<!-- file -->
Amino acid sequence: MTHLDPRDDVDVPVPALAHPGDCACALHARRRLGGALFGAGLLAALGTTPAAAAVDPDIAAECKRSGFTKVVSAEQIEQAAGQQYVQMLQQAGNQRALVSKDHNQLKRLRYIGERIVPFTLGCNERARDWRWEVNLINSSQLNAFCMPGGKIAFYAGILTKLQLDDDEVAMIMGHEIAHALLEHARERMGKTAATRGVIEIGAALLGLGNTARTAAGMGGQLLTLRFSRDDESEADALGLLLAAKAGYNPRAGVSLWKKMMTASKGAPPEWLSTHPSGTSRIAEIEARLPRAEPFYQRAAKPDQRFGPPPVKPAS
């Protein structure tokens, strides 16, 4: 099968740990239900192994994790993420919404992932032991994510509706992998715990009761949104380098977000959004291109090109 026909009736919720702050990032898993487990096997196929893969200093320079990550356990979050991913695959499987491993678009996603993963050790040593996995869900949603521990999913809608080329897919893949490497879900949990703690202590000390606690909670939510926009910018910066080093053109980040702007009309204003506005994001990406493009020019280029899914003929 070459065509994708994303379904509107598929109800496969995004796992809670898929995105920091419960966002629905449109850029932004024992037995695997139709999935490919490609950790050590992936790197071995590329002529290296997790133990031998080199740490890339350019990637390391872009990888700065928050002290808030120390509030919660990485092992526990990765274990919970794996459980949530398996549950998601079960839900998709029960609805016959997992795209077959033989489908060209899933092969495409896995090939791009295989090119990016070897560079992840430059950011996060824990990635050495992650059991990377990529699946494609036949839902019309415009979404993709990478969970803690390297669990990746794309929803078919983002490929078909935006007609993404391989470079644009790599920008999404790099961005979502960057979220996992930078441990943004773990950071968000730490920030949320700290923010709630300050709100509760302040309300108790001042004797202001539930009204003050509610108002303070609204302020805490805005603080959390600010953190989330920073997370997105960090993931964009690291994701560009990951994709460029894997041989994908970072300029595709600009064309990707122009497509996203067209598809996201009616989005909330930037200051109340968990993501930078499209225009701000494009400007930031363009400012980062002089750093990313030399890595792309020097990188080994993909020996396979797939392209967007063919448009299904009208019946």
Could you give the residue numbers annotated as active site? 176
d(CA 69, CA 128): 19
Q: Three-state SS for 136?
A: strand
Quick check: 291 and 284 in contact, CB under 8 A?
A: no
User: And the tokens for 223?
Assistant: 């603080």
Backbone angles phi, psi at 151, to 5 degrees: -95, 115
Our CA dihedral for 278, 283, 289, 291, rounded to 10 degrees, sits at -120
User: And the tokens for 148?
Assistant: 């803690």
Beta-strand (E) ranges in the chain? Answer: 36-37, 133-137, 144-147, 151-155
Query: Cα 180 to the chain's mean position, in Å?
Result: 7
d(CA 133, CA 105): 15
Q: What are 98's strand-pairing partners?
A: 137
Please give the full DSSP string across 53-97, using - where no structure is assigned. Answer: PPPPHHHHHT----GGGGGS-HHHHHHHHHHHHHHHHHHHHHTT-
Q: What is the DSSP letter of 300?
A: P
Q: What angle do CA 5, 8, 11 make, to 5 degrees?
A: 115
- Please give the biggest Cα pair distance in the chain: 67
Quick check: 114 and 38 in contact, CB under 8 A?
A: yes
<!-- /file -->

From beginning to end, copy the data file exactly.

Amino acid sequence: MTHLDPRDDVDVPVPALAHPGDCACALHARRRLGGALFGAGLLAALGTTPAAAAVDPDIAAECKRSGFTKVVSAEQIEQAAGQQYVQMLQQAGNQRALVSKDHNQLKRLRYIGERIVPFTLGCNERARDWRWEVNLINSSQLNAFCMPGGKIAFYAGILTKLQLDDDEVAMIMGHEIAHALLEHARERMGKTAATRGVIEIGAALLGLGNTARTAAGMGGQLLTLRFSRDDESEADALGLLLAAKAGYNPRAGVSLWKKMMTASKGAPPEWLSTHPSGTSRIAEIEARLPRAEPFYQRAAKPDQRFGPPPVKPAS
């Protein structure tokens, strides 16, 4: 099968740990239900192994994790993420919404992932032991994510509706992998715990009761949104380098977000959004291109090109 026909009736919720702050990032898993487990096997196929893969200093320079990550356990979050991913695959499987491993678009996603993963050790040593996995869900949603521990999913809608080329897919893949490497879900949990703690202590000390606690909670939510926009910018910066080093053109980040702007009309204003506005994001990406493009020019280029899914003929 070459065509994708994303379904509107598929109800496969995004796992809670898929995105920091419960966002629905449109850029932004024992037995695997139709999935490919490609950790050590992936790197071995590329002529290296997790133990031998080199740490890339350019990637390391872009990888700065928050002290808030120390509030919660990485092992526990990765274990919970794996459980949530398996549950998601079960839900998709029960609805016959997992795209077959033989489908060209899933092969495409896995090939791009295989090119990016070897560079992840430059950011996060824990990635050495992650059991990377990529699946494609036949839902019309415009979404993709990478969970803690390297669990990746794309929803078919983002490929078909935006007609993404391989470079644009790599920008999404790099961005979502960057979220996992930078441990943004773990950071968000730490920030949320700290923010709630300050709100509760302040309300108790001042004797202001539930009204003050509610108002303070609204302020805490805005603080959390600010953190989330920073997370997105960090993931964009690291994701560009990951994709460029894997041989994908970072300029595709600009064309990707122009497509996203067209598809996201009616989005909330930037200051109340968990993501930078499209225009701000494009400007930031363009400012980062002089750093990313030399890595792309020097990188080994993909020996396979797939392209967007063919448009299904009208019946």
Could you give the residue numbers annotated as active site? 176
d(CA 69, CA 128): 19
Q: Three-state SS for 136?
A: strand
Quick check: 291 and 284 in contact, CB under 8 A?
A: no
User: And the tokens for 223?
Assistant: 């603080």
Backbone angles phi, psi at 151, to 5 degrees: -95, 115
Our CA dihedral for 278, 283, 289, 291, rounded to 10 degrees, sits at -120
User: And the tokens for 148?
Assistant: 């803690």
Beta-strand (E) ranges in the chain? Answer: 36-37, 133-137, 144-147, 151-155
Query: Cα 180 to the chain's mean position, in Å?
Result: 7
d(CA 133, CA 105): 15
Q: What are 98's strand-pairing partners?
A: 137
Please give the full DSSP string across 53-97, using - where no structure is assigned. Answer: PPPPHHHHHT----GGGGGS-HHHHHHHHHHHHHHHHHHHHHTT-
Q: What is the DSSP letter of 300?
A: P
Q: What angle do CA 5, 8, 11 make, to 5 degrees?
A: 115
- Please give the biggest Cα pair distance in the chain: 67
Quick check: 114 and 38 in contact, CB under 8 A?
A: yes